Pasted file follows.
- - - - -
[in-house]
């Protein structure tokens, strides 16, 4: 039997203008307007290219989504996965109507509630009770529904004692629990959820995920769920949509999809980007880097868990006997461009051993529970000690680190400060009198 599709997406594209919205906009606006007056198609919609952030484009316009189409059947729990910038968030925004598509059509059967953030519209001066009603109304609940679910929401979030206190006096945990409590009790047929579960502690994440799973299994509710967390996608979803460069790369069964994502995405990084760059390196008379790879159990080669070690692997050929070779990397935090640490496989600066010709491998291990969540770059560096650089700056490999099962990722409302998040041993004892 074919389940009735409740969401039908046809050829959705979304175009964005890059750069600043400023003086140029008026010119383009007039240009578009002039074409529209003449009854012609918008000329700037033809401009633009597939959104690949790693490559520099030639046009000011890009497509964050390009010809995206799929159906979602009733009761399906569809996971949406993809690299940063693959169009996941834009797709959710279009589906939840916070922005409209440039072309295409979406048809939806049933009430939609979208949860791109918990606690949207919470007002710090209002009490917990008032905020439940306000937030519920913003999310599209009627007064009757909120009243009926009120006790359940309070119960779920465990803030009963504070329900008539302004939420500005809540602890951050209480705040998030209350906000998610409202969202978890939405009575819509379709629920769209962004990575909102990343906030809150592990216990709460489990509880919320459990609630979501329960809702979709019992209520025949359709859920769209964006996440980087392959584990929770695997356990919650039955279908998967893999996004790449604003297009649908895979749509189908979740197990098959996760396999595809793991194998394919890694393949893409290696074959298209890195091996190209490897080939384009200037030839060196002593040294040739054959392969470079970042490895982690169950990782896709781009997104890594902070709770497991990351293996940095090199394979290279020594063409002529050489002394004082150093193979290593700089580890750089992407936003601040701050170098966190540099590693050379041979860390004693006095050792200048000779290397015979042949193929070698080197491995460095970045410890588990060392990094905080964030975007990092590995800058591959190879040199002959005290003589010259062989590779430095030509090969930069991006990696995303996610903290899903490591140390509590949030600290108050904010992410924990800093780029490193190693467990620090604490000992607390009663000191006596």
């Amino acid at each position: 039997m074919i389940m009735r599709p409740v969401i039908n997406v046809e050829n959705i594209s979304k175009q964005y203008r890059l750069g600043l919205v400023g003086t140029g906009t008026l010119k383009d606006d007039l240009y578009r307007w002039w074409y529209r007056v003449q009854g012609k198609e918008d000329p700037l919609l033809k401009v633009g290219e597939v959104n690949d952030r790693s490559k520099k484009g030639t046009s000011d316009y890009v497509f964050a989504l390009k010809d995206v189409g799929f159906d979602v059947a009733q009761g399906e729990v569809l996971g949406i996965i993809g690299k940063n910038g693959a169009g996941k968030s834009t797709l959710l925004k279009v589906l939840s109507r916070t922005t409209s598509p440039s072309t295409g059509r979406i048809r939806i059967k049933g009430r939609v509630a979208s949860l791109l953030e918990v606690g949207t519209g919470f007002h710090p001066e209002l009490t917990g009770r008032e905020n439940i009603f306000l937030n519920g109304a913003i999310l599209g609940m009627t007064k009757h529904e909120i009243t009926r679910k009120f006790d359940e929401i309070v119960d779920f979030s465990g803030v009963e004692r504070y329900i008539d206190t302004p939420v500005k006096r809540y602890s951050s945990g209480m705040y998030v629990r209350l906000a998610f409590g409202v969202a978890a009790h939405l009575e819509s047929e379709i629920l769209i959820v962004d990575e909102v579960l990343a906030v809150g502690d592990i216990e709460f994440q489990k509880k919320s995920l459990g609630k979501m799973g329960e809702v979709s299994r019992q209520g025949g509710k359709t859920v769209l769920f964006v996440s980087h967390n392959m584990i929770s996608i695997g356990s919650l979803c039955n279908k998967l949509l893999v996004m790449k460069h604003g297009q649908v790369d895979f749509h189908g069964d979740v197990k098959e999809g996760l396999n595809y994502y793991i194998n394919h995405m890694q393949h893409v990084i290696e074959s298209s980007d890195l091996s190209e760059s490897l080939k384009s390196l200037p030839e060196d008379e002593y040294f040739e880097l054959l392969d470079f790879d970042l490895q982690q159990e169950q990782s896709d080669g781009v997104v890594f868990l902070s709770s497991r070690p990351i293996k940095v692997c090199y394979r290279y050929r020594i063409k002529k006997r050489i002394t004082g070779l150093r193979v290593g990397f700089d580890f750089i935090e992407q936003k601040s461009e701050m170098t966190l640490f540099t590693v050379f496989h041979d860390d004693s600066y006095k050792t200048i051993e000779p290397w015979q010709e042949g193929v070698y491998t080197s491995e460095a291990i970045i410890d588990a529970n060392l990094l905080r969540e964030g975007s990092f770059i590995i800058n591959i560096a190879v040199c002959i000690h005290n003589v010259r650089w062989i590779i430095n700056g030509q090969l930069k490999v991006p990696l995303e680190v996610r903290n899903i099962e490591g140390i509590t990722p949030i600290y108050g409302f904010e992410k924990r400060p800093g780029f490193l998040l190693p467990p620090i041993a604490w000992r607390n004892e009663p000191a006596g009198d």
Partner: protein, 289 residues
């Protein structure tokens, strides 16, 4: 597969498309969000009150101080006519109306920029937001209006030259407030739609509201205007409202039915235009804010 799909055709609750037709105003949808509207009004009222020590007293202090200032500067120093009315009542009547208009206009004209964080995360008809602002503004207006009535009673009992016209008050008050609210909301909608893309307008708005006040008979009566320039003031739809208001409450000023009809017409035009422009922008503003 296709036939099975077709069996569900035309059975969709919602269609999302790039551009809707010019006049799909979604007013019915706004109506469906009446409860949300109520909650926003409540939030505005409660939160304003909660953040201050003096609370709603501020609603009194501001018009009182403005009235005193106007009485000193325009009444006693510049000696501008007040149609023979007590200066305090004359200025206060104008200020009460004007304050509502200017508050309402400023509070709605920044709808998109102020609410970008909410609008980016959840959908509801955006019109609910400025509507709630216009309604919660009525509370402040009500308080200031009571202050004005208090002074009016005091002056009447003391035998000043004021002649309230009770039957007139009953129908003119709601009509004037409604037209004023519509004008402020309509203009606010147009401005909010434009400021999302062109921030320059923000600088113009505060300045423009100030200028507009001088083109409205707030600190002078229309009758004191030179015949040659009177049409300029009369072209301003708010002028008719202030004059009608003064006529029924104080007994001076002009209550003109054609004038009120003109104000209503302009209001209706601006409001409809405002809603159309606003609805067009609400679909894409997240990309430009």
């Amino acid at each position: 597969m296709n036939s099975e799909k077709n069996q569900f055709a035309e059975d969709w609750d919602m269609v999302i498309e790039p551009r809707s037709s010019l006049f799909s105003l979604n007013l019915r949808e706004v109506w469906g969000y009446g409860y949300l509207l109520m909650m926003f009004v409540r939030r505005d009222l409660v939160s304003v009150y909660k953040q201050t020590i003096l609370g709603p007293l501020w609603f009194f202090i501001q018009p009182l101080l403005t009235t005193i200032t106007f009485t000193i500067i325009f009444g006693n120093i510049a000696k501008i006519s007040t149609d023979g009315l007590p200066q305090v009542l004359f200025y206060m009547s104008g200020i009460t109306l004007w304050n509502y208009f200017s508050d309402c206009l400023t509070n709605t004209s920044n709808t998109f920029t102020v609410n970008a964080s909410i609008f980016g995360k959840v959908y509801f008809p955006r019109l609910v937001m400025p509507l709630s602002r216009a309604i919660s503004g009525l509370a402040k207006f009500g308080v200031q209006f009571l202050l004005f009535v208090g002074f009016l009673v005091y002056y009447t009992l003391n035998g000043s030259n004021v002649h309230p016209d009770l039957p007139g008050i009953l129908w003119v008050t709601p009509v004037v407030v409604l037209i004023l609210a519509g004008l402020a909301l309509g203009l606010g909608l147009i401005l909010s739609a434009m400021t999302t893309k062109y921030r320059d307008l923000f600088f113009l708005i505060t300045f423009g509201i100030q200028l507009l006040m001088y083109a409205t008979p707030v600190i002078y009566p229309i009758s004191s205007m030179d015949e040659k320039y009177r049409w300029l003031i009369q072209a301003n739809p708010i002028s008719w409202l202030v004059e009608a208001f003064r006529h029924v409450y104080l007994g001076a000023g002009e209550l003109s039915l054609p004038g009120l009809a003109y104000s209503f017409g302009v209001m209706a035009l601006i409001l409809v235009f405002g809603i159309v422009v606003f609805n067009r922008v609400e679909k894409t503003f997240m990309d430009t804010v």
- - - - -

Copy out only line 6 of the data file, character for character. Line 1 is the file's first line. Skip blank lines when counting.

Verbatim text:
């Amino acid at each position: 597969m296709n036939s099975e799909k077709n069996q569900f055709a035309e059975d969709w609750d919602m269609v999302i498309e790039p551009r809707s037709s010019l006049f799909s105003l979604n007013l019915r949808e706004v109506w469906g969000y009446g409860y949300l509207l109520m909650m926003f009004v409540r939030r505005d009222l409660v939160s304003v009150y909660k953040q201050t020590i003096l609370g709603p007293l501020w609603f009194f202090i501001q018009p009182l101080l403005t009235t005193i200032t106007f009485t000193i500067i325009f009444g006693n120093i510049a000696k501008i006519s007040t149609d023979g009315l007590p200066q305090v009542l004359f200025y206060m009547s104008g200020i009460t109306l004007w304050n509502y208009f200017s508050d309402c206009l400023t509070n709605t004209s920044n709808t998109f920029t102020v609410n970008a964080s909410i609008f980016g995360k959840v959908y509801f008809p955006r019109l609910v937001m400025p509507l709630s602002r216009a309604i919660s503004g009525l509370a402040k207006f009500g308080v200031q209006f009571l202050l004005f009535v208090g002074f009016l009673v005091y002056y009447t009992l003391n035998g000043s030259n004021v002649h309230p016209d009770l039957p007139g008050i009953l129908w003119v008050t709601p009509v004037v407030v409604l037209i004023l609210a519509g004008l402020a909301l309509g203009l606010g909608l147009i401005l909010s739609a434009m400021t999302t893309k062109y921030r320059d307008l923000f600088f113009l708005i505060t300045f423009g509201i100030q200028l507009l006040m001088y083109a409205t008979p707030v600190i002078y009566p229309i009758s004191s205007m030179d015949e040659k320039y009177r049409w300029l003031i009369q072209a301003n739809p708010i002028s008719w409202l202030v004059e009608a208001f003064r006529h029924v409450y104080l007994g001076a000023g002009e209550l003109s039915l054609p004038g009120l009809a003109y104000s209503f017409g302009v209001m209706a035009l601006i409001l409809v235009f405002g809603i159309v422009v606003f609805n067009r922008v609400e679909k894409t503003f997240m990309d430009t804010v």